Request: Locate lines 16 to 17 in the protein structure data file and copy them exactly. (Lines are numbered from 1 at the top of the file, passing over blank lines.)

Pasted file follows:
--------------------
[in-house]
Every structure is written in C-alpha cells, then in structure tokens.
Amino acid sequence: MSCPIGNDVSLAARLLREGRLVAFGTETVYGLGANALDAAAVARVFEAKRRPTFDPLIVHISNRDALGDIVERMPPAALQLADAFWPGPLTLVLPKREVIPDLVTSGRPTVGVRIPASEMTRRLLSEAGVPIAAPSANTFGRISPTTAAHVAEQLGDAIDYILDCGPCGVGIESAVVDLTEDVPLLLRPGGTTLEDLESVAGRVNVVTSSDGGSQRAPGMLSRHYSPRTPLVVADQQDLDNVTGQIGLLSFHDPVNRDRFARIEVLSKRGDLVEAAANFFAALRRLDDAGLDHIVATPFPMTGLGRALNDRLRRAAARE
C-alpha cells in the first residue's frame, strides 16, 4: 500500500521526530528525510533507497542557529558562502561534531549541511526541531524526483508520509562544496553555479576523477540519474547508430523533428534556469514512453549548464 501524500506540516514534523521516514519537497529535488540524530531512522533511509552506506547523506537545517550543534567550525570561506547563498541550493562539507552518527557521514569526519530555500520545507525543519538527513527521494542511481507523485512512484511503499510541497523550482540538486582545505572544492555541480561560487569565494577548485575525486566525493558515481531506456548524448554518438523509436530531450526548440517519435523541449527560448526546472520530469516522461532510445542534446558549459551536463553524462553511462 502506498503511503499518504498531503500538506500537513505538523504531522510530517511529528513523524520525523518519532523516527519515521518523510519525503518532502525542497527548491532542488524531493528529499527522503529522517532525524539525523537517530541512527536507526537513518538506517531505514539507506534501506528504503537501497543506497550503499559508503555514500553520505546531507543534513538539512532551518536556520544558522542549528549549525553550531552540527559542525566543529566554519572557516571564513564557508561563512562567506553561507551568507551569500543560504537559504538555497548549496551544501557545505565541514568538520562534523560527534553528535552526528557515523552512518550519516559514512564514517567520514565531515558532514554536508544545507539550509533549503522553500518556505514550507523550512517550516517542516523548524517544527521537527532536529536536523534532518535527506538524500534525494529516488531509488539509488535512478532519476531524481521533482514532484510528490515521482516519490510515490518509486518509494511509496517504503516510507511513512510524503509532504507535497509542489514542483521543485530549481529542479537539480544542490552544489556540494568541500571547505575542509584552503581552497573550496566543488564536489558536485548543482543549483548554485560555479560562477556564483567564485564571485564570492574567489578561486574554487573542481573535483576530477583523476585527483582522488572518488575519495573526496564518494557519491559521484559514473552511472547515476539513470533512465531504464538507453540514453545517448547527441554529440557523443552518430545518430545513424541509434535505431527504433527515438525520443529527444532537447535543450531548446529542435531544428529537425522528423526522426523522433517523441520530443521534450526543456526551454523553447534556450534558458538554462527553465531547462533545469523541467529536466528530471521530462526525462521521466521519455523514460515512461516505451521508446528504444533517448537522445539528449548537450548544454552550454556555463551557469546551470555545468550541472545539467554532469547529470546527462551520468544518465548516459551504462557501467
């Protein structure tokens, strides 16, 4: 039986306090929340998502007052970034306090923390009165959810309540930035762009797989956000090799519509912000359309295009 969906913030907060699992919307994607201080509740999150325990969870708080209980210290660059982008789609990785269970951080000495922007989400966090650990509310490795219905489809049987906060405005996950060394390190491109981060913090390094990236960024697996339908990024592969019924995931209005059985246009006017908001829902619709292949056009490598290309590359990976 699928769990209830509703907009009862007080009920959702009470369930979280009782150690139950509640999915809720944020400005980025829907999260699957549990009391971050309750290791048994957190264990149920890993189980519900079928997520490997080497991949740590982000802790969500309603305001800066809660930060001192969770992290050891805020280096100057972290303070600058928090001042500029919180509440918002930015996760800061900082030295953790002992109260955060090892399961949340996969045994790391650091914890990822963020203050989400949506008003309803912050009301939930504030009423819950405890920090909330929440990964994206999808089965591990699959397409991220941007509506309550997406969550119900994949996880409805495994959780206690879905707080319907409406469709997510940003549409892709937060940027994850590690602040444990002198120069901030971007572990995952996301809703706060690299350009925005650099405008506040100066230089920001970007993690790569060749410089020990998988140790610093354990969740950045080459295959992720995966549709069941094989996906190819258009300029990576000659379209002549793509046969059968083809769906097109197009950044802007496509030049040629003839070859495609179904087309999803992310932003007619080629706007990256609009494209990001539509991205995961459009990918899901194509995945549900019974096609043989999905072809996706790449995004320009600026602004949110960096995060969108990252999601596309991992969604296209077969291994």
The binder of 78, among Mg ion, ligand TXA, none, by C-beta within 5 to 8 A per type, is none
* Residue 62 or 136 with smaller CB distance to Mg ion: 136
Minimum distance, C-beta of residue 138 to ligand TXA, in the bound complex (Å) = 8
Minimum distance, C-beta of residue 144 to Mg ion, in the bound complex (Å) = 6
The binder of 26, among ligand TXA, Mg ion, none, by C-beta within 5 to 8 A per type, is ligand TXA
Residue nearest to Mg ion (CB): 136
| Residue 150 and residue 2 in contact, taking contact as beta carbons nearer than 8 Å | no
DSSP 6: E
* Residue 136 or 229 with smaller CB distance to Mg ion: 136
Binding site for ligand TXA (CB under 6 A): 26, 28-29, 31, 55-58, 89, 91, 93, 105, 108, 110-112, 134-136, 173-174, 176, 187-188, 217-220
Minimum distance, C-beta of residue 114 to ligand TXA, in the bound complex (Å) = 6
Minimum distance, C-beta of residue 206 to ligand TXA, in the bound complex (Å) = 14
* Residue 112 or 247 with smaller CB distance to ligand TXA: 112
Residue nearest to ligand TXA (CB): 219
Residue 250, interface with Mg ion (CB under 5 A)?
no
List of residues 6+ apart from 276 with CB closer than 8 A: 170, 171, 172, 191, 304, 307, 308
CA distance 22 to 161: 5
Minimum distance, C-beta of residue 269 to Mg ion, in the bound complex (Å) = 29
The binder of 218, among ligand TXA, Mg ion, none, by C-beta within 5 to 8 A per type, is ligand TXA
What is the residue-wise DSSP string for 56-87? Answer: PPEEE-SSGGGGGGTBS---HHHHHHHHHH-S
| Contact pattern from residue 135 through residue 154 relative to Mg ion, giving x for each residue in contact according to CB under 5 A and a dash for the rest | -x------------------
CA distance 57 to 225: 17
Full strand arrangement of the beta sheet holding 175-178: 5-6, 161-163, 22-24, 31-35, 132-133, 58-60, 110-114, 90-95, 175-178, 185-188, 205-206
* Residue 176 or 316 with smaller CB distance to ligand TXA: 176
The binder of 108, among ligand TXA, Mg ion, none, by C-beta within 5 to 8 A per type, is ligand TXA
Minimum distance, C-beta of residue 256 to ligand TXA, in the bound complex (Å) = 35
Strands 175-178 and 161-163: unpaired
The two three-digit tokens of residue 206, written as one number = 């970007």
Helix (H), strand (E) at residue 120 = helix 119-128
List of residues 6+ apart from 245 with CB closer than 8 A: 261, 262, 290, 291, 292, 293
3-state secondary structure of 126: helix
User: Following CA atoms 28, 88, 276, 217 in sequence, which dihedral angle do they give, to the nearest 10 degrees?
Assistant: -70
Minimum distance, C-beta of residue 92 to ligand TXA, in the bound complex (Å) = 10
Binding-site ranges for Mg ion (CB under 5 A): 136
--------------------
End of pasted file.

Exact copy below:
Minimum distance, C-beta of residue 114 to ligand TXA, in the bound complex (Å) = 6
Minimum distance, C-beta of residue 206 to ligand TXA, in the bound complex (Å) = 14